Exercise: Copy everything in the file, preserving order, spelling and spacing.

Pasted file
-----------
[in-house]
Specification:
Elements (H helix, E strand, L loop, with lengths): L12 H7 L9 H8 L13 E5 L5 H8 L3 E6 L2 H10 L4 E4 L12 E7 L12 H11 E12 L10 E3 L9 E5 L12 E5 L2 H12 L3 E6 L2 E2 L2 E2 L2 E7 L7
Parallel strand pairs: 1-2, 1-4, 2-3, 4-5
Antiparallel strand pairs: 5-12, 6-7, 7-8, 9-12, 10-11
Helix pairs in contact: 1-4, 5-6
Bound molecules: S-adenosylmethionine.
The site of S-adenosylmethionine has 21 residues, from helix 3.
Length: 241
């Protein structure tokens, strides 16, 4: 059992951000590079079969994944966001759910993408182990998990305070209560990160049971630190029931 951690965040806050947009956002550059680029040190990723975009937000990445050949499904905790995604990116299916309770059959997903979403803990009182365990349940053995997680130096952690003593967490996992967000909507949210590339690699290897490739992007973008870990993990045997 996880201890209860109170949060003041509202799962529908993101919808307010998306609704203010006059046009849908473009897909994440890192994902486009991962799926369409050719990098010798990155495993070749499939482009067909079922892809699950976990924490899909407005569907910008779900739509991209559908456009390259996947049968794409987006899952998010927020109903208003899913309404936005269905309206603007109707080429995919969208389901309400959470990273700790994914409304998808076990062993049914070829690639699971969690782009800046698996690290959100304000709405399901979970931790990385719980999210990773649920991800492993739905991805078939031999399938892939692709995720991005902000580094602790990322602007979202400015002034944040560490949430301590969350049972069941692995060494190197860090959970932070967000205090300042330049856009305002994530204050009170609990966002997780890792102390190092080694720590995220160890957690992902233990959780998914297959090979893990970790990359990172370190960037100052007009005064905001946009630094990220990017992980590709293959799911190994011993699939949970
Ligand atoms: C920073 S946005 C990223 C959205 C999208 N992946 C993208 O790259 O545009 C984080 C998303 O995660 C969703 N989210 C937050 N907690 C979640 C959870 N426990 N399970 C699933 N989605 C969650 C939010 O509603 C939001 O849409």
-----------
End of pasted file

[in-house]
Specification:
Elements (H helix, E strand, L loop, with lengths): L12 H7 L9 H8 L13 E5 L5 H8 L3 E6 L2 H10 L4 E4 L12 E7 L12 H11 E12 L10 E3 L9 E5 L12 E5 L2 H12 L3 E6 L2 E2 L2 E2 L2 E7 L7
Parallel strand pairs: 1-2, 1-4, 2-3, 4-5
Antiparallel strand pairs: 5-12, 6-7, 7-8, 9-12, 10-11
Helix pairs in contact: 1-4, 5-6
Bound molecules: S-adenosylmethionine.
The site of S-adenosylmethionine has 21 residues, from helix 3.
Length: 241
């Protein structure tokens, strides 16, 4: 059992951000590079079969994944966001759910993408182990998990305070209560990160049971630190029931 951690965040806050947009956002550059680029040190990723975009937000990445050949499904905790995604990116299916309770059959997903979403803990009182365990349940053995997680130096952690003593967490996992967000909507949210590339690699290897490739992007973008870990993990045997 996880201890209860109170949060003041509202799962529908993101919808307010998306609704203010006059046009849908473009897909994440890192994902486009991962799926369409050719990098010798990155495993070749499939482009067909079922892809699950976990924490899909407005569907910008779900739509991209559908456009390259996947049968794409987006899952998010927020109903208003899913309404936005269905309206603007109707080429995919969208389901309400959470990273700790994914409304998808076990062993049914070829690639699971969690782009800046698996690290959100304000709405399901979970931790990385719980999210990773649920991800492993739905991805078939031999399938892939692709995720991005902000580094602790990322602007979202400015002034944040560490949430301590969350049972069941692995060494190197860090959970932070967000205090300042330049856009305002994530204050009170609990966002997780890792102390190092080694720590995220160890957690992902233990959780998914297959090979893990970790990359990172370190960037100052007009005064905001946009630094990220990017992980590709293959799911190994011993699939949970
Ligand atoms: C920073 S946005 C990223 C959205 C999208 N992946 C993208 O790259 O545009 C984080 C998303 O995660 C969703 N989210 C937050 N907690 C979640 C959870 N426990 N399970 C699933 N989605 C969650 C939010 O509603 C939001 O849409």